9. Why walk when you can skulk?
Even if you’re one of the good guys, that doesn’t mean that you can’t make a contribution to the sum total of terror. If you’re planning to pay a friendly visit to your new neighbours in their haunted house, don’t just ring the doorbell! Why not loom menacingly at the window instead, preferably in the dark, with your features obscured? Or better still, why not sneak into the house and appear unexpectedly in the hallway or on the stairs?
10. ‘I’m going to investigate!’ (guilty)
Closely related to those other horror tropes, ‘Let’s split up!’ (let’s not; there’s safety in numbers), and ‘I’ll be right back!’ (er, no you won’t). Yes, those weird sounds in your cellar or outside your lonely cabin in the woods could be a monster or an axe-wielding maniac, but why barricade yourself in your bedroom or call the police when you can grab a torch and go to take a look yourself? Happy hunting, feeble human!
And last, but not least:
11. Never-ending story (guilty)
Once you get caught up in a horror story, you will never thereafter be completely safe. The ghost might have been exorcised, and the vampire might have been staked, but one thing may nevertheless be counted on with absolute certainty: THEY WILL BE BACK. This is the most important survival lesson provided by the horror genre. Never, ever let your guard down. The moment you think it’s all over will be the precise moment when the evil reasserts itself.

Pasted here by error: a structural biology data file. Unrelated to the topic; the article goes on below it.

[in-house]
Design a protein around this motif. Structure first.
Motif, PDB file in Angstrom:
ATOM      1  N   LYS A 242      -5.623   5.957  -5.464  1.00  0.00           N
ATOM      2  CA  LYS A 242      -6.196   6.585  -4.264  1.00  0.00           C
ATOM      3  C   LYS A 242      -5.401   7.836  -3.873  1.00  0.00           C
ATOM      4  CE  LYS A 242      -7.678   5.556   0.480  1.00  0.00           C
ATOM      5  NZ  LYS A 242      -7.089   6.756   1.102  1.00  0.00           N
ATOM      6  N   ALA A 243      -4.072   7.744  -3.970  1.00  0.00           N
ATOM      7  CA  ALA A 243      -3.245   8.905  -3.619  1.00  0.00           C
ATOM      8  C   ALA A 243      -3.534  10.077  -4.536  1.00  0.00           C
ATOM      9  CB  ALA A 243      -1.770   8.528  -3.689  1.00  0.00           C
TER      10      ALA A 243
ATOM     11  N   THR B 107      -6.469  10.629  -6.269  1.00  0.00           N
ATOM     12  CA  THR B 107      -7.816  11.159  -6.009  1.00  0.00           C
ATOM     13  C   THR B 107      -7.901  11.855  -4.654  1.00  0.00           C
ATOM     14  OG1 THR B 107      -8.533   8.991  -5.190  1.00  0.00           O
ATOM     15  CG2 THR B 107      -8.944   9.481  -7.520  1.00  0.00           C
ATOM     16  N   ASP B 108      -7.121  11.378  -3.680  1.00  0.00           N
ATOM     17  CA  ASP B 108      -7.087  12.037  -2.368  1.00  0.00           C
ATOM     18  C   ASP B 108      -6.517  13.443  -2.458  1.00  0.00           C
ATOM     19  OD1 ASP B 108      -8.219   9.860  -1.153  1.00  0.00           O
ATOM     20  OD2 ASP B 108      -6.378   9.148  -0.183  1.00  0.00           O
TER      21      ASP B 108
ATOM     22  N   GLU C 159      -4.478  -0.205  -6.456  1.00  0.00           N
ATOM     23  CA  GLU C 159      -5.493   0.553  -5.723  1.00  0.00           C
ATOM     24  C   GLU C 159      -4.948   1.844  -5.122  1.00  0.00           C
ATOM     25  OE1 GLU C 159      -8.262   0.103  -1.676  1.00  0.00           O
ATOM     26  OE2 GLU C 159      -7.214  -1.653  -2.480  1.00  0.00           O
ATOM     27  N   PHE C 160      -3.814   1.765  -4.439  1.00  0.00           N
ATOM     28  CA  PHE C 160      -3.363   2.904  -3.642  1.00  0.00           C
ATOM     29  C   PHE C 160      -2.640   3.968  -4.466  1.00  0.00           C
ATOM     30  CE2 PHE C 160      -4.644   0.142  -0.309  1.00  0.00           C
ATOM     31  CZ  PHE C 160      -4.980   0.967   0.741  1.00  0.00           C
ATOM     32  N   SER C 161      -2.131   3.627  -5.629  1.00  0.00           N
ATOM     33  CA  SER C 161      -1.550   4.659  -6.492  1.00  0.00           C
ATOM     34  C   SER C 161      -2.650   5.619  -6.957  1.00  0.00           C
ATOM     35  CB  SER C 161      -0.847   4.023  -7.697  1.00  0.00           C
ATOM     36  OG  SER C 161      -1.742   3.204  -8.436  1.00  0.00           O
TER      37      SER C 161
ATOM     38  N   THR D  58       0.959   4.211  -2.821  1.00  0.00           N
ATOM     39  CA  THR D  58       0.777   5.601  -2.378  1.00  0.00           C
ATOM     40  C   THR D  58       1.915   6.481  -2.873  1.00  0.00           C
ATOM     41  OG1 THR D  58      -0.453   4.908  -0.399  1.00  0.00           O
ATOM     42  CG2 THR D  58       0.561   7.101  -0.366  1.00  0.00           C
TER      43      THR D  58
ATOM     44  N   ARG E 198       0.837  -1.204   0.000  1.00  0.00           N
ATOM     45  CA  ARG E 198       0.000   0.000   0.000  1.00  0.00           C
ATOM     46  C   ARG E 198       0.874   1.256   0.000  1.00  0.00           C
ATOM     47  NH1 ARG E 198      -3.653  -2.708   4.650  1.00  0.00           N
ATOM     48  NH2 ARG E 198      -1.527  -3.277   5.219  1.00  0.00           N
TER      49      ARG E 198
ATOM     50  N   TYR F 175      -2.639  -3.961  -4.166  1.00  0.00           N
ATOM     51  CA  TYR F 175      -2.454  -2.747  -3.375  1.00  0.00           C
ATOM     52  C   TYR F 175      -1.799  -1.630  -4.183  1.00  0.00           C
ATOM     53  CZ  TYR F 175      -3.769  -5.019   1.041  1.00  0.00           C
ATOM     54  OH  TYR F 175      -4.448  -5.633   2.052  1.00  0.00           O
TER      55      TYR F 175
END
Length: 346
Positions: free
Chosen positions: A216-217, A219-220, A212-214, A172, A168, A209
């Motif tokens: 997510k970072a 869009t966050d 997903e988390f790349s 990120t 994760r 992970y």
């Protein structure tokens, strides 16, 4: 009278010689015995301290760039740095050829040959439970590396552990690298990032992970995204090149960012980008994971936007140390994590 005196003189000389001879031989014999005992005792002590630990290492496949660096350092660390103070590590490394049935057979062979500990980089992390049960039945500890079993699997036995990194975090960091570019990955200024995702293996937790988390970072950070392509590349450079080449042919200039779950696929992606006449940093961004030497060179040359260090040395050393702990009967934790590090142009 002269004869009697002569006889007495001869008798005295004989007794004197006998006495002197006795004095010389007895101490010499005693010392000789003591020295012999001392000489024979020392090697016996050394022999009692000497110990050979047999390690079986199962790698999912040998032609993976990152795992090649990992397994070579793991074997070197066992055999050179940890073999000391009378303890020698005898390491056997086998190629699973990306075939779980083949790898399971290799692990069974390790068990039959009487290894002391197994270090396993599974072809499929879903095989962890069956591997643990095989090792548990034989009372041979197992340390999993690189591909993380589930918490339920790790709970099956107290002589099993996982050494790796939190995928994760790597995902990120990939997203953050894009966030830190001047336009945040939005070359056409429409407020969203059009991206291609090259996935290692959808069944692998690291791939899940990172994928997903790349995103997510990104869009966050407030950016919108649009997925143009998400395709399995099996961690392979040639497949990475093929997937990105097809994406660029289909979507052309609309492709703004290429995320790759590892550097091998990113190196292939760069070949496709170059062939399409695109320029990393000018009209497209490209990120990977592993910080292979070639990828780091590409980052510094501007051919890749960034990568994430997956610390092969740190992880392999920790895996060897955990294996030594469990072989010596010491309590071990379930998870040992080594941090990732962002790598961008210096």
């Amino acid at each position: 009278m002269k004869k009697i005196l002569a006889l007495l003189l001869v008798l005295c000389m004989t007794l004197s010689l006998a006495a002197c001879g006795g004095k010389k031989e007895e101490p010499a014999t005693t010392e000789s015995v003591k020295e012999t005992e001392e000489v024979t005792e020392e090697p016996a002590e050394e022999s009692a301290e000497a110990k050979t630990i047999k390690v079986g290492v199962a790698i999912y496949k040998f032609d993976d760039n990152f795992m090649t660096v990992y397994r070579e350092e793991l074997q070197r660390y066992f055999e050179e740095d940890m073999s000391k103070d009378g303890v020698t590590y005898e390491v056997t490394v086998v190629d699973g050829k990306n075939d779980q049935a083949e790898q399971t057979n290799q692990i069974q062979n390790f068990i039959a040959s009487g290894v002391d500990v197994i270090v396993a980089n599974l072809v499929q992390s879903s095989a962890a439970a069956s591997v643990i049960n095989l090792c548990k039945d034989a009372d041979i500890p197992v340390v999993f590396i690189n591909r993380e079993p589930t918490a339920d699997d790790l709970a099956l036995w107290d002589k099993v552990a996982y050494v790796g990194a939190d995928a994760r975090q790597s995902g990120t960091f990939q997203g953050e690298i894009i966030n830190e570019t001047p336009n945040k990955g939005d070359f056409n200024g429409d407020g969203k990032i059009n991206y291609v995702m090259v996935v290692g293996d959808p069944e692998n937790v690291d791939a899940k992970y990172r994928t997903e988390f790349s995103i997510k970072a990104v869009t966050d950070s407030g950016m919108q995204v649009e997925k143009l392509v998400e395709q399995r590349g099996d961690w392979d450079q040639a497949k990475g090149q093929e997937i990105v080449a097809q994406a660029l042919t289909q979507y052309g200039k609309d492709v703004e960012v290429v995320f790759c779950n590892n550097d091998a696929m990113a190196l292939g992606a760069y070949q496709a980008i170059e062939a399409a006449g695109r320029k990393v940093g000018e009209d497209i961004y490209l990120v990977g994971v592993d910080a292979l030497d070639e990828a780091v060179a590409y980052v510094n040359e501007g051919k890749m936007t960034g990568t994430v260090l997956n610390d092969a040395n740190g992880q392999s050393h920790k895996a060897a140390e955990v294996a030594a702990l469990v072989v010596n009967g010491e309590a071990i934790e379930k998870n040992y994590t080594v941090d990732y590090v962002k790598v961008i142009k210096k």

Oh, dear. Five out of eleven: must try harder. In my next ghost story, a family will go on holiday to the least threatening place imaginable (Barry Island? Bognor Regis?). The local eccentric will assure them that their bright, pleasant holiday home is not dangerous in the slightest. When odd things start happening, the sceptical mother will insist that all is well, backed up by her matter-of-fact children, but will be unable to calm the fears of her hysterical husband. The dog won’t give a damn either way. When the ghost appears, it’ll be in bright sunlight. All will be well, however, thanks to the timely intervention of calm, competent policemen and priests. The ghost will be banished to the afterlife, never to return – no, not even when somebody has sex.
Do you think I’m onto a winner? Leave a comment.